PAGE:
DRC's new president urges thousands of exiles: Come home

Felix Tshisekedi (Picture: AFP)
Felix Tshisekedi (Picture: AFP)

Albert Tumba says he was forced to leave Democratic Republic of Congo in 2010 for neighbouring Republic of Congo. As a journalist, he had denounced malpractice in the sports ministry and had to leave with his family out of fear for his safety.

"Threatened with death, I had to cross the river and reach Brazzaville, where I enjoy refugee status with my wife and children. Life is hard here but we are safe," the 65-year-old Tumba said.

Now, after a historic election in DRC, he believes his "long ordeal" may come to an end.

He and tens of thousands of other Congolese who fled, mostly for political reasons, to neighbouring Republic of Congo under Joseph Kabila's 17-year rule say that with opposition leader Felix Tshisekedi now president in their home country, they can envision returning soon.

The new president on Friday, during a visit to Republic of Congo's capital, invited all political exiles to come home.

"All those who have left the country and who have been pushed into exile for political or ideological reasons are free to return home," Tshisekedi said. "To you our compatriots of the diaspora, we will create favorable conditions to put an end to everything that made you flee abroad."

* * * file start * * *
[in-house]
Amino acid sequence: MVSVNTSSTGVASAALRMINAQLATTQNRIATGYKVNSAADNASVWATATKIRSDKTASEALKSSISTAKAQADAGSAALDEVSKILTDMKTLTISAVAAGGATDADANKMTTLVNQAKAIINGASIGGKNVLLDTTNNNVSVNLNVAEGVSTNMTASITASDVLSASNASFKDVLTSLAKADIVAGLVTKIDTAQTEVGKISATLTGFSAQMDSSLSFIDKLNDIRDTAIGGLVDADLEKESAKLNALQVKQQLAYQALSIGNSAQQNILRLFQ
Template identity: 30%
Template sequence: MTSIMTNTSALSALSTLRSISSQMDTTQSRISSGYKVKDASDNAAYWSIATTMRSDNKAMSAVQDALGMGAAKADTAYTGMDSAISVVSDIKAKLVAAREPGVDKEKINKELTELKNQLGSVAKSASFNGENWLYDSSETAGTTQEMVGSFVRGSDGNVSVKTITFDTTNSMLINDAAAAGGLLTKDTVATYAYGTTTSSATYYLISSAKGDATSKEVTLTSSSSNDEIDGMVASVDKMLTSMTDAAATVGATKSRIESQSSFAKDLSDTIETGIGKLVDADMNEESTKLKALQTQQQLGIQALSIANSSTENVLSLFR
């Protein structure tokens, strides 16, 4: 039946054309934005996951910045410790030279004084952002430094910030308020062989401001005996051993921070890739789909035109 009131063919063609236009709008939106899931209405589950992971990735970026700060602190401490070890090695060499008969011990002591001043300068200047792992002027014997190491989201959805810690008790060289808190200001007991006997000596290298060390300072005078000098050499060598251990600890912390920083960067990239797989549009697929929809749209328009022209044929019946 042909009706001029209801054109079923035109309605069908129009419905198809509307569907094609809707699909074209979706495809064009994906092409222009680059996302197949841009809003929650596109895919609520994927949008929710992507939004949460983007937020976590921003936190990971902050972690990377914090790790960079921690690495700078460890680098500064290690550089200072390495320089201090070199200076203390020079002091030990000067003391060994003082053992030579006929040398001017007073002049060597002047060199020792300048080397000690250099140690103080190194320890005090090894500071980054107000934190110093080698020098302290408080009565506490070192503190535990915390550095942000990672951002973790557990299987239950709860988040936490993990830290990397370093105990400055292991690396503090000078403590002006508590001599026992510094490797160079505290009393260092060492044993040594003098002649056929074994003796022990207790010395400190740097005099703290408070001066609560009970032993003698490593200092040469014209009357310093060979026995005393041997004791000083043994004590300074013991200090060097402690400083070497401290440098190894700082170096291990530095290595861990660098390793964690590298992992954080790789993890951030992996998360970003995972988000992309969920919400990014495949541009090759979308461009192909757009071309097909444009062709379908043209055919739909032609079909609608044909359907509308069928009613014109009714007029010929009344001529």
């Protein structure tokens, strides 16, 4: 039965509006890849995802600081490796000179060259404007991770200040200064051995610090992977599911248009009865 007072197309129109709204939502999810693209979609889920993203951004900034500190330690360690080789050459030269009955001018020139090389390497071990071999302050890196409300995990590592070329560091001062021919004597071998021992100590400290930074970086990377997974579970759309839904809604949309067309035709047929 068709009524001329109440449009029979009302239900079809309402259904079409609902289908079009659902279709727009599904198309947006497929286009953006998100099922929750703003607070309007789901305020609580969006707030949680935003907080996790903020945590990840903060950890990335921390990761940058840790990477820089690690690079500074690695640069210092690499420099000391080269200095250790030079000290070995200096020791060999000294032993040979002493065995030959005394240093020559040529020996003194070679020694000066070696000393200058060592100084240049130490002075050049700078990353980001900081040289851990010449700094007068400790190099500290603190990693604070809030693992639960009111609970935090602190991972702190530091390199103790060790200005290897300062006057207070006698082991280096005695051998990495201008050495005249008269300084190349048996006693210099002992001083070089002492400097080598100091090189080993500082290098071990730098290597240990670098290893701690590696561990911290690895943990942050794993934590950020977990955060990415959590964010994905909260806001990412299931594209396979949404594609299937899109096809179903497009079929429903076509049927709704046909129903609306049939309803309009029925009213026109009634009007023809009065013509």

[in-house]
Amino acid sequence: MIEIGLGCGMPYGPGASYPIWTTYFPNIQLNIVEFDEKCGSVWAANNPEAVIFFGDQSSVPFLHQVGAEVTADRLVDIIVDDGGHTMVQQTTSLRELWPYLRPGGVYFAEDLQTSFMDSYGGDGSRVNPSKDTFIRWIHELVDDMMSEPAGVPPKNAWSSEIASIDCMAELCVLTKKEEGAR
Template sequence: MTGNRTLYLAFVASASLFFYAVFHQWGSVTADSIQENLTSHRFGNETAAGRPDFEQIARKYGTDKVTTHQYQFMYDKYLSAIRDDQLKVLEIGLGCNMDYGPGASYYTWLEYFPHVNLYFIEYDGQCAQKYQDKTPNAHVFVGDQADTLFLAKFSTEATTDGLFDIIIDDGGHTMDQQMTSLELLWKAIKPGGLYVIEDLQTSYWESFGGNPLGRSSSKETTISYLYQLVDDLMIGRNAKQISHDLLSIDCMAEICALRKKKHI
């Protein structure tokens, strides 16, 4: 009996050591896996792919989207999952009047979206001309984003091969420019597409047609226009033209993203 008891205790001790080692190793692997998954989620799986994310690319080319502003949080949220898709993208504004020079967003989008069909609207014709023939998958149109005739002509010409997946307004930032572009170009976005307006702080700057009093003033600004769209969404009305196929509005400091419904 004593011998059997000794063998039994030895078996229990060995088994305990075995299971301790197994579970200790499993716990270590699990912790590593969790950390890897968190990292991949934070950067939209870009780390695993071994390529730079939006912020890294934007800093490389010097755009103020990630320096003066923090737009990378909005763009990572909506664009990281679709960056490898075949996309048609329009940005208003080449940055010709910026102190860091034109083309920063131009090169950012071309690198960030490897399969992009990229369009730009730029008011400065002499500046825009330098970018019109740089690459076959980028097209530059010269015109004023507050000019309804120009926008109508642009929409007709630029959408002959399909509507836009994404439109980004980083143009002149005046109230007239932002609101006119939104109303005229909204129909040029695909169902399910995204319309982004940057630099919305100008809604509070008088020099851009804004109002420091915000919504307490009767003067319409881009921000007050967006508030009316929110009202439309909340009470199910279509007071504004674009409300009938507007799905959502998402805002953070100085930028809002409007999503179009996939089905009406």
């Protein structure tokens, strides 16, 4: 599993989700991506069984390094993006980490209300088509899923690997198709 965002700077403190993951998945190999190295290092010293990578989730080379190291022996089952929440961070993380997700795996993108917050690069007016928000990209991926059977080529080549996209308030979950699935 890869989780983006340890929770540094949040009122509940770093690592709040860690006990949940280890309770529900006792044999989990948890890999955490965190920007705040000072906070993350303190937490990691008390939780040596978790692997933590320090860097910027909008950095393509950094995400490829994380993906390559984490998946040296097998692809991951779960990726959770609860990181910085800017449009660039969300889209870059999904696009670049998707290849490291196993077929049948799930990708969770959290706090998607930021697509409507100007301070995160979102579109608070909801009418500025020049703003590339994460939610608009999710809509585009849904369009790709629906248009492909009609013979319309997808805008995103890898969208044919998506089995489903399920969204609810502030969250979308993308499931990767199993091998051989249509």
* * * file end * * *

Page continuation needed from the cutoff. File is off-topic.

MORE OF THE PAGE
Everyone will be needed to move DRC forward, Tshisekedi said. He has inherited a vast, troubled nation after a disputed election that was delayed by more than two years as many feared that Kabila would try to stay in power.

"The long-awaited moment by more than 60 000 (Congolese) refugees in Congo Brazzaville has finally arrived. Because many of us, very old today, were not going to survive (if Kabila stayed on)," said the 71-year-old E Mutombo, who asserted that he had been close to the late President Mobutu Sese Seko. He came to Brazzaville in 1996 as Mobutu's rule neared an end.

Many exiles in Brazzaville had been part of the armed forces or special division elements during Mobutu's era, or have been radical members of the opposition party founded by Tshisekedi's late father, Etienne.

"The reasons for political exile no longer exist," said Annie Mballa, a former nurse in a hospital in DRC's capital, Kinshasa, who was exiled with her husband, a former military member under Mobutu. "Many of us have decided to return without waiting."

But there have been some mixed reactions.

Gaelle Makambo, 21, said she welcomes the outreach by DRC's new president but is still hesitant. She will wait for passport prices to go down and education to improve in DRC before returning, she said.

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